Another member of South Africa’s game industry has been found guilty of rhino horn crimes.
According to News24, Magistrate Pat Cloete has ordered Jacques Els (of the Thabazimbi Game Reserve) to pay a fine of R1 million (just over US $130,180) and to serve eight years in prison – a reduced term, as two years were apparently suspended – for illegally possessing 30 horns.
Els’s legal team immediately applied for bail, which was paid on Tuesday afternoon.
The State also asked the court for the national prosecuting authority’s asset forfeiture unit to be given permission to seize Els’s property.
He will appear in court again on July 2.
The bail amount was said to be R300 000 (nearly US $39,055), up quite a bit from the R30 000 (US $3,905) bail he was initially released on.
Another case of game industry insiders’ networked attempts to sell rhino horns
Els was first arrested for attempting to sell at least 30 rhino horns in late 2010 and the News 24 report says he bought them for R760 000 (US $98,939) from Tom Fourie, a farm manager at Maremani Game Reserve.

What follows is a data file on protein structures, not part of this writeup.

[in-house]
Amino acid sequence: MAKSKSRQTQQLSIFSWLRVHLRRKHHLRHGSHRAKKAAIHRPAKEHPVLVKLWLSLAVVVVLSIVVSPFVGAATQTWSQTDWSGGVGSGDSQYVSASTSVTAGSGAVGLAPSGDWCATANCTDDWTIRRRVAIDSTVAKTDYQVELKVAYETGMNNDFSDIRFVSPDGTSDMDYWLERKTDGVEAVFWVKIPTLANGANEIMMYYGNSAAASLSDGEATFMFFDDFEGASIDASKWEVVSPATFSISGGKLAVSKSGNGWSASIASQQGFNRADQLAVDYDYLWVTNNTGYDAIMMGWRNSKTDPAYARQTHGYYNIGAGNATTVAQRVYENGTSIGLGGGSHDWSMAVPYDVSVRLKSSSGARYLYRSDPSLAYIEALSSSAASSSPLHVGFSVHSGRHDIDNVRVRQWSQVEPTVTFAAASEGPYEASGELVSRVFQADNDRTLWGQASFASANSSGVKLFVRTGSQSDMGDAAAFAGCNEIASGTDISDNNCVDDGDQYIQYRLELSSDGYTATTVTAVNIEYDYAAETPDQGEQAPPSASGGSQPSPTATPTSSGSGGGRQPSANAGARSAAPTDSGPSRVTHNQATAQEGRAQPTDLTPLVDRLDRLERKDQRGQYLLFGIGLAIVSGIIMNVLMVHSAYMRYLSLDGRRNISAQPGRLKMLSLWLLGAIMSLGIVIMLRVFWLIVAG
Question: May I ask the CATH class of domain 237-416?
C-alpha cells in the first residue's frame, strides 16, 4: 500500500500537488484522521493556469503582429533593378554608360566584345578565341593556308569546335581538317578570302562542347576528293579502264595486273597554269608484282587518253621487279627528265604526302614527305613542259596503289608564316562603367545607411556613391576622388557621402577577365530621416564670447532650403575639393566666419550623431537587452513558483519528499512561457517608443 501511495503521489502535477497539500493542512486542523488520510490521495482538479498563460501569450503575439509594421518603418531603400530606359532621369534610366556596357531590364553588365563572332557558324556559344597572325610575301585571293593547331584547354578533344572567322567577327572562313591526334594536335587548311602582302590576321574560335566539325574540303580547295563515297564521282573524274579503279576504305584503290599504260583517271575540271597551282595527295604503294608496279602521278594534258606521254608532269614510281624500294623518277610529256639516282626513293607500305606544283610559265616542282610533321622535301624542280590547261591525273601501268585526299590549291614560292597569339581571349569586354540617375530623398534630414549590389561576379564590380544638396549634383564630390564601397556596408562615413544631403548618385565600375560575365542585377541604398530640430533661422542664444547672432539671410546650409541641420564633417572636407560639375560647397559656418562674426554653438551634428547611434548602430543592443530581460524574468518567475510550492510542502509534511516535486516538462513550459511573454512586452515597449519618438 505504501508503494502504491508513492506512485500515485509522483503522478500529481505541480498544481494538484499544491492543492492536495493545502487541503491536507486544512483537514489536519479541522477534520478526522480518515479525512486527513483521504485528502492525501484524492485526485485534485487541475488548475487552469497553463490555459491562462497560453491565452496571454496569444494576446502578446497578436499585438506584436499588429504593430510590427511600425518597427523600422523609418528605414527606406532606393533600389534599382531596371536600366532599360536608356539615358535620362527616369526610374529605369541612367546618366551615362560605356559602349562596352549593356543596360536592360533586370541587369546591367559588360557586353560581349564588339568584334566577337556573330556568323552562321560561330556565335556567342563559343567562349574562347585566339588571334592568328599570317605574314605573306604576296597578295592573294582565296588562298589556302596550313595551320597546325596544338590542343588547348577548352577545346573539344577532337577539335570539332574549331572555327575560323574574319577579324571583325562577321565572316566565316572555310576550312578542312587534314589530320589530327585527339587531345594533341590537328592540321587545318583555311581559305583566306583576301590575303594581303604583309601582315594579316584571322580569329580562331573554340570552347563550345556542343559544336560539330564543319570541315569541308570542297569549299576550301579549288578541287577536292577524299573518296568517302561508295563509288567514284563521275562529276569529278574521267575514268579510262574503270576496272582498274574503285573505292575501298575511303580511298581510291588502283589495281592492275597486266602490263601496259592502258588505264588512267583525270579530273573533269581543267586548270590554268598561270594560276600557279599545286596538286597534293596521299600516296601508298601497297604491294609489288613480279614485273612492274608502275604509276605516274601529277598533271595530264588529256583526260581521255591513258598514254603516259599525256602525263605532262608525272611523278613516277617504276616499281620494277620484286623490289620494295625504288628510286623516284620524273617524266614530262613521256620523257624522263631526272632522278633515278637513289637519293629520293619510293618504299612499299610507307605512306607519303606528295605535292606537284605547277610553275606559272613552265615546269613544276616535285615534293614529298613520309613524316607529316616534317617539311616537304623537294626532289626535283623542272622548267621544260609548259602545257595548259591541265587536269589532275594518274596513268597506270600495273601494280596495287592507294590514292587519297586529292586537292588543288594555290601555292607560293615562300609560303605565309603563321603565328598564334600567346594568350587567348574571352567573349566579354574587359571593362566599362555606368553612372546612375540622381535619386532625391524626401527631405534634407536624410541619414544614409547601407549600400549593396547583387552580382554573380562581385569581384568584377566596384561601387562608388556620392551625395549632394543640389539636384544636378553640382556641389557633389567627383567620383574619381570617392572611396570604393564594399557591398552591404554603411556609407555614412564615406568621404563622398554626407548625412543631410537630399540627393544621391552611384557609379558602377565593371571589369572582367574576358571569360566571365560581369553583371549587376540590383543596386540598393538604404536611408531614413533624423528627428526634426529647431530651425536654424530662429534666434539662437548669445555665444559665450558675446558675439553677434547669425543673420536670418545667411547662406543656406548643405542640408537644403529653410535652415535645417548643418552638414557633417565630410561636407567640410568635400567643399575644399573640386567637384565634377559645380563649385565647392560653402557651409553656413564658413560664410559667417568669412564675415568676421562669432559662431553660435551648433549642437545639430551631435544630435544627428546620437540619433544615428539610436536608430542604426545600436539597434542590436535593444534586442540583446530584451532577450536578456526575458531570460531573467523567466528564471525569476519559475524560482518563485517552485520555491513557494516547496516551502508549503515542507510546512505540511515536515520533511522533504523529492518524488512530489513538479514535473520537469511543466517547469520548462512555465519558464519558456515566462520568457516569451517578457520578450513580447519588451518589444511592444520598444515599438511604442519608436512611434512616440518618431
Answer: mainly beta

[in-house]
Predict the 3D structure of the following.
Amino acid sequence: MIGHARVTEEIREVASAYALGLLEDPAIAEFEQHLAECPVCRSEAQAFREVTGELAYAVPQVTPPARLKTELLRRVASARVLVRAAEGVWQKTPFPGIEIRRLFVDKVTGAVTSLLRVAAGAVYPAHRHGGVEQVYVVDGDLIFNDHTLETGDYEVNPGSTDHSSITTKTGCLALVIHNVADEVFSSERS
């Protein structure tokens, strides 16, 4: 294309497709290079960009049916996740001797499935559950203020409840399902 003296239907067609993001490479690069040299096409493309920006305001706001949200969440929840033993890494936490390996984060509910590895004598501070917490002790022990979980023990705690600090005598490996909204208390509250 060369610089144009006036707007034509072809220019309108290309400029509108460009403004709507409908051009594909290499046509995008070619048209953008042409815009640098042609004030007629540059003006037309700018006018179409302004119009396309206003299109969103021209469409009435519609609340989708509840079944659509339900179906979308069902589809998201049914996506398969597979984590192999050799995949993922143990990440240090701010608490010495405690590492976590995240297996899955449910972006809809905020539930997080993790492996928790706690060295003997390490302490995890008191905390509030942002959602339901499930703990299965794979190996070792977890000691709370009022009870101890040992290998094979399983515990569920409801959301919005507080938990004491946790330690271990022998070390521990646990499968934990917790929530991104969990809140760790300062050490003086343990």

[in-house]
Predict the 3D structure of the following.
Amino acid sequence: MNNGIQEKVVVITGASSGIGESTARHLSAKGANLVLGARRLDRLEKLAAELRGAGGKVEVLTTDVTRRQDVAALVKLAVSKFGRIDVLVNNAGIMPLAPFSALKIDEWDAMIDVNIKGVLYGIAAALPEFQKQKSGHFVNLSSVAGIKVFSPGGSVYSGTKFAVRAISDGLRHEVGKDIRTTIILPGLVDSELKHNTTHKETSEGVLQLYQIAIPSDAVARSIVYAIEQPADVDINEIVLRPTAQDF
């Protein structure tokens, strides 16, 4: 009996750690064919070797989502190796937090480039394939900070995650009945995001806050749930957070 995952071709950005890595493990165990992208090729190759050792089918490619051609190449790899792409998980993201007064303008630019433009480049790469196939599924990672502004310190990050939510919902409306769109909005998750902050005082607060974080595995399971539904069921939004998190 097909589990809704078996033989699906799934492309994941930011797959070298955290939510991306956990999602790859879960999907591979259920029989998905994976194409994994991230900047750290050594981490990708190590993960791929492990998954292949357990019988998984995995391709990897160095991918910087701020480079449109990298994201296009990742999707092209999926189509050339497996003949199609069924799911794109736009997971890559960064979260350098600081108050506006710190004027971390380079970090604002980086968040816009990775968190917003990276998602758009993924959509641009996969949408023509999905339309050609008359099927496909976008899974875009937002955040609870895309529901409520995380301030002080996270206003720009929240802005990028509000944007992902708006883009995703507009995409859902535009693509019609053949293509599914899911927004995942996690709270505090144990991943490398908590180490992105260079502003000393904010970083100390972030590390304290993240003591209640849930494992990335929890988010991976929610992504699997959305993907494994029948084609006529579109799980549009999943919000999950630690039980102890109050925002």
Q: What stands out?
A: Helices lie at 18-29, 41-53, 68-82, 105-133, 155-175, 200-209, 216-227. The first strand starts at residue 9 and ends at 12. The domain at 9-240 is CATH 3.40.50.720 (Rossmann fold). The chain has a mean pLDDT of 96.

Tragically, Mr. Fourie committed suicide in November 2010, just after his trial had been postponed until months later.
An article published in Zoutpansberger last July suggests that at least some of the horns in question had been removed from fifteen rhinos at Maremani by wildlife veterinarian, Dr. Andre Charles Uys.
Uys was arrested in January 2011 on allegations that he had performed the procedures without the permits legally required to do so.
The vet claims he did, in fact, have the appropriate permits and according to Zoutpansberger, the case was later dismissed when he became a state witness in the trial against Els.
Cleared of his charges, Uys continues to work in the conservation field and wrote a blog article in August 2011, in which he proposed legalizing the rhino horn trade.
A lesser punishment because no rhinos killed?
Attorney Andre Weideman claims via News24 that Els’s crime did not involve slaying the animals in order to acquire the horns, as they had instead been sedated.
However, wildlife trade experts, such as the Environmental Investigation Agency, point out that any rhino horns entering the black market will only fuel the trade.
Image ©Pam Krzyza, Adapted by author